There are some parts of history we know because of the narrative that is widely projected. Then there are aspects of history that we accept because we don’t want to delve into the sad truths that lie buried just beneath the surface. Case in point is the sad story behind AUNT Jemima…
In the wake of George Floyd’s death at the hands of Minneapolis officers, protests have swept across the country, bringing attention to the Black Lives Matter movement while also shining a spotlight on systemic racism and police brutality. With a greater awareness being raised over the past few weeks, companies with ties to racism in one way or another are being put under a microscope.
The latest is Quaker Oats’ Aunt Jemima, which traces its roots back to 1889. The mascot was inspired by a former slave named Nancy Green, who was to look like a ‘mammy’ caricature. According to the Jim Crow Museum of Racist Memorabilia, the ‘mammy’ image served as the “political, social, and economic interests of mainstream white America.” An opinion column in The New York Times from 2015 by Riche Richardson called for the company to remove the image as it was linked to “Southern racism. She mentioned how the ‘Aunt Jemima’ name came from a minstrel song, “Old Aunt Jemima.” Minstrel songs were performed by white performers in blackface. In regards to the ‘mammy’ caricature, Richardson explained how the image portrayed a “devoted and submissive servant” to her white owners.
With much more attention being placed on racism with statues in some states being taken down and major sports like NASCAR banning the use of the Confederate flags at its events, social media has finally begun to take notice of what has been sitting on the grocery shelf all of these years. [Source]
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The world knew her as “Aunt Jemima,” but her given name was Nancy Green. The famous Aunt Jemima recipe was not her recipe but she became the advertising world’s first living trademark.
Miss Green was born a slave in Montgomery County, Kentucky. Chris Rutt, a newspaperman, and Charles Underwood bought the Pearl Milling Company and had the original idea of developing and packaging a ready-mixed, self-rising pancake flour. To survive in a highly competitive business, the men needed an image for their product.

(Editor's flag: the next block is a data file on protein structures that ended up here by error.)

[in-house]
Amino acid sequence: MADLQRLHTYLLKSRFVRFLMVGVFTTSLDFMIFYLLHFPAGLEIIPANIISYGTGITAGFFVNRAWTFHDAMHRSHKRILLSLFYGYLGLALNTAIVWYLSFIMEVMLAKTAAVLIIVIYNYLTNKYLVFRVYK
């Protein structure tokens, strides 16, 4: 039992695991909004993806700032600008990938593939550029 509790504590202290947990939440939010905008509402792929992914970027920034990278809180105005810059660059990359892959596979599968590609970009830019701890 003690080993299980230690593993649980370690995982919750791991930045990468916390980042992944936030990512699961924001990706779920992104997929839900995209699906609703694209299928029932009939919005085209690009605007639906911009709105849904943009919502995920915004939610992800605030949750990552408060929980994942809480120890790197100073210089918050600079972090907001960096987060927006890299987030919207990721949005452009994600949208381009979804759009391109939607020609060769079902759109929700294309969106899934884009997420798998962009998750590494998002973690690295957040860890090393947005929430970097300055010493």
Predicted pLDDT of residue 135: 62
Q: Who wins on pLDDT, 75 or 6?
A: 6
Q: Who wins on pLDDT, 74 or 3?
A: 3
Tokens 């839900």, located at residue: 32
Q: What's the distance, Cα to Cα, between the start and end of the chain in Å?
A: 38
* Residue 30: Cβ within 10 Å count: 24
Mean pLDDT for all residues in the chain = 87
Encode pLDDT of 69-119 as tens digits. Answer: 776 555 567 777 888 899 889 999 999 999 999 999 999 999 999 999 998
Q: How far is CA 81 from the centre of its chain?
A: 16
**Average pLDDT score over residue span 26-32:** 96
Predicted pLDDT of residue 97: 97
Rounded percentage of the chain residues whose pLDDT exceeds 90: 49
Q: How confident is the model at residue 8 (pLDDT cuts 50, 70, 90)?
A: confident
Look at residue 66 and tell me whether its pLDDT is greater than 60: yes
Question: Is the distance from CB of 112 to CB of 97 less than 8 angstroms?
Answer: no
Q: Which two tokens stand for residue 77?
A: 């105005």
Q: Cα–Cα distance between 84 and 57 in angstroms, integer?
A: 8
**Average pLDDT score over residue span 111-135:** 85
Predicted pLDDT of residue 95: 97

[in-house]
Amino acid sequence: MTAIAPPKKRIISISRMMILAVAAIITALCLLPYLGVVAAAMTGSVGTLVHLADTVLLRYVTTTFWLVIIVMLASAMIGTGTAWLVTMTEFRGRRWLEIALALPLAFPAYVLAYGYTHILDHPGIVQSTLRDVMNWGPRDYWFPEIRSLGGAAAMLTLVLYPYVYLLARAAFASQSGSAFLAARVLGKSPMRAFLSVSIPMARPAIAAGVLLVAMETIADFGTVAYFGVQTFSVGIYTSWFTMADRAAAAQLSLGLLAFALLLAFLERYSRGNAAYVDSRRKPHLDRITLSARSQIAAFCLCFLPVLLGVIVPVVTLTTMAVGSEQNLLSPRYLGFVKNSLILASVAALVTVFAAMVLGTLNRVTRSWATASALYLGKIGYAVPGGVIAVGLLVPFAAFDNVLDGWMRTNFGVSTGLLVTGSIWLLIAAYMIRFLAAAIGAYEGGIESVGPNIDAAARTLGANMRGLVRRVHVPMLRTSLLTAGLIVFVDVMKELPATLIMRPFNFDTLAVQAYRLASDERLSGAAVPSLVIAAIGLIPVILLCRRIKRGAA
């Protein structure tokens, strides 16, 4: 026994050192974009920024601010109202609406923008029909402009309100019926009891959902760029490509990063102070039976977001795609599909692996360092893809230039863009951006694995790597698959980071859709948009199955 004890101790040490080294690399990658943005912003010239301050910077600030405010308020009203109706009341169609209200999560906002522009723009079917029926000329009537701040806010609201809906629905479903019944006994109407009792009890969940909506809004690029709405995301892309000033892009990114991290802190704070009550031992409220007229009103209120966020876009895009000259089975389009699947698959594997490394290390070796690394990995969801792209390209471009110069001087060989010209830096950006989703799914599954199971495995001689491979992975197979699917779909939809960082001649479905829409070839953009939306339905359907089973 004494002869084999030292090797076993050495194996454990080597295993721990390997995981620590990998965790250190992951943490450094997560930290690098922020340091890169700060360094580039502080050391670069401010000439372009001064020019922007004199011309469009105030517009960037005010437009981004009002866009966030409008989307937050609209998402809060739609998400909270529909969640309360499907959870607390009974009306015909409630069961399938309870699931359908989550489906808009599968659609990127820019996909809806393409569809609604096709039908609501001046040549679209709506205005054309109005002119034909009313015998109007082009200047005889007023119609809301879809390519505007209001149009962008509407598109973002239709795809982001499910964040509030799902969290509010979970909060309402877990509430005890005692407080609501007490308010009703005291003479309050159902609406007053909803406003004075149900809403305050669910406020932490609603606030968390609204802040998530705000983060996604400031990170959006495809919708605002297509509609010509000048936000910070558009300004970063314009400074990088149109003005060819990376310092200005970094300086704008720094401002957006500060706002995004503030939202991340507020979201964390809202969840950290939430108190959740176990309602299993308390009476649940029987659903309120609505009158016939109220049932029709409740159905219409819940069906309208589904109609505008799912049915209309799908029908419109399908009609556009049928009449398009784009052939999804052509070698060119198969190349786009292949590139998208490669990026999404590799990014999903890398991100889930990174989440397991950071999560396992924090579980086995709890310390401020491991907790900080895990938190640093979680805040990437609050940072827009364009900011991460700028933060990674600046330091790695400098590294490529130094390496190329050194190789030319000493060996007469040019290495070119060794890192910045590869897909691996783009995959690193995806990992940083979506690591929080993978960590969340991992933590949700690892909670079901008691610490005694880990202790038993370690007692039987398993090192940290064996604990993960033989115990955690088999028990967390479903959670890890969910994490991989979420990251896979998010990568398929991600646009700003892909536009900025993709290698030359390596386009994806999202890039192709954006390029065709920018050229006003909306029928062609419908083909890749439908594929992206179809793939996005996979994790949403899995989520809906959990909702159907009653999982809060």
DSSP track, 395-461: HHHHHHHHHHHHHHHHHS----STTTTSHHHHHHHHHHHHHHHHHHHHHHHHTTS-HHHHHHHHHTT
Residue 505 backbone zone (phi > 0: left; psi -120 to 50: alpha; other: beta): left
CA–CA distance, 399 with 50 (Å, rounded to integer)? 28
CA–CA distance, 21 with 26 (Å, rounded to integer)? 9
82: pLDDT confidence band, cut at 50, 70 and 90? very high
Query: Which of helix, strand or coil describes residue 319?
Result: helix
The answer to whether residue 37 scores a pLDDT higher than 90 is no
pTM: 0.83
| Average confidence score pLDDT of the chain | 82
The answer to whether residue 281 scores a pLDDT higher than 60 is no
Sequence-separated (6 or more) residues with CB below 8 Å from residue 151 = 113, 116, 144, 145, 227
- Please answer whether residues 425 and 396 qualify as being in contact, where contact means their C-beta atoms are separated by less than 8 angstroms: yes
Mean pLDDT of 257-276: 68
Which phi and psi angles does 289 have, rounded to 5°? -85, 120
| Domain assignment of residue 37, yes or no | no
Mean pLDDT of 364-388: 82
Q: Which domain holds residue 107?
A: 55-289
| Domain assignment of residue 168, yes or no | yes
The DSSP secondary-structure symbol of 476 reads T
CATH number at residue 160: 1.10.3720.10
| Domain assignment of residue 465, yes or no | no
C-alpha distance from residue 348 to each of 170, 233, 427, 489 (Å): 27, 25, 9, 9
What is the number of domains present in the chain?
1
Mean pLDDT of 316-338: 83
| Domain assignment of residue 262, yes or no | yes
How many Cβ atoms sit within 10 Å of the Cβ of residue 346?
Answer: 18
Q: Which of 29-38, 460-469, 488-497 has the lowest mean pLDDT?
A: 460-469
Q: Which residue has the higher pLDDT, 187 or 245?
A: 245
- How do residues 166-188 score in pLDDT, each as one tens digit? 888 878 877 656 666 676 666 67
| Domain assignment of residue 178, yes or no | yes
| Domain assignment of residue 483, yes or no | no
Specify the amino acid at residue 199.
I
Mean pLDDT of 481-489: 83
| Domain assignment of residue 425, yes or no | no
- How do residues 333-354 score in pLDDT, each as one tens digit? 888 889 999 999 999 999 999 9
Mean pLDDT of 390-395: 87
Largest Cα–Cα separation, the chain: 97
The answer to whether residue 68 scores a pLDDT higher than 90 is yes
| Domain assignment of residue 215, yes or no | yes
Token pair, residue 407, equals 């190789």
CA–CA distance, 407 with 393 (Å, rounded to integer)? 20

In 1889, Rutt attended a vaudeville show where he heard a catchy tune called “Aunt Jemima” sung by a blackface performer who was wearing an apron and bandanna headband. He decided to call their pancake flour “Aunt Jemima.”
Rutt and Underwood were broke, so in 1890, they sold the formula to the R.T. Davis Milling Company. Mr. Davis began looking for a Black woman to employ as a living trademark for his product, and he found Nancy Green in Chicago. She was 56 years old. The Aunt Jemima Pancake Mix was introduced in St. Joseph, MO.
In 1893, the Davis Milling Company aggressively began an all-out promotion of “Aunt Jemima” at the World’s Columbian Exposition in Chicago. Green, as “Aunt Jemima,” demonstrated the pancake mix and served thousands of pancakes. Green was a hit, friendly, a good storyteller, and a good cook. Her warm and appealing personality made her the ideal “Aunt Jemima,” a living trademark. Her exhibition booth drew so many people that special policemen were assigned to keep the crowds moving. The Davis Milling Company received over 50,000 orders, and Fair officials awarded Nancy Green a medal and certificate for her showmanship.
She was proclaimed “Pancake Queen.” She was signed to a lifetime contract and traveled on promotional tours all over the country. Flour sales were up all year and pancakes were no longer considered exclusively for breakfast.
Nancy Green maintained this job until a car crash in Chicago killed her on September 23, 1923. The Davis Company also ran into money problems, and the Quaker Oats Company purchased the Aunt Jemima Mills in 1925.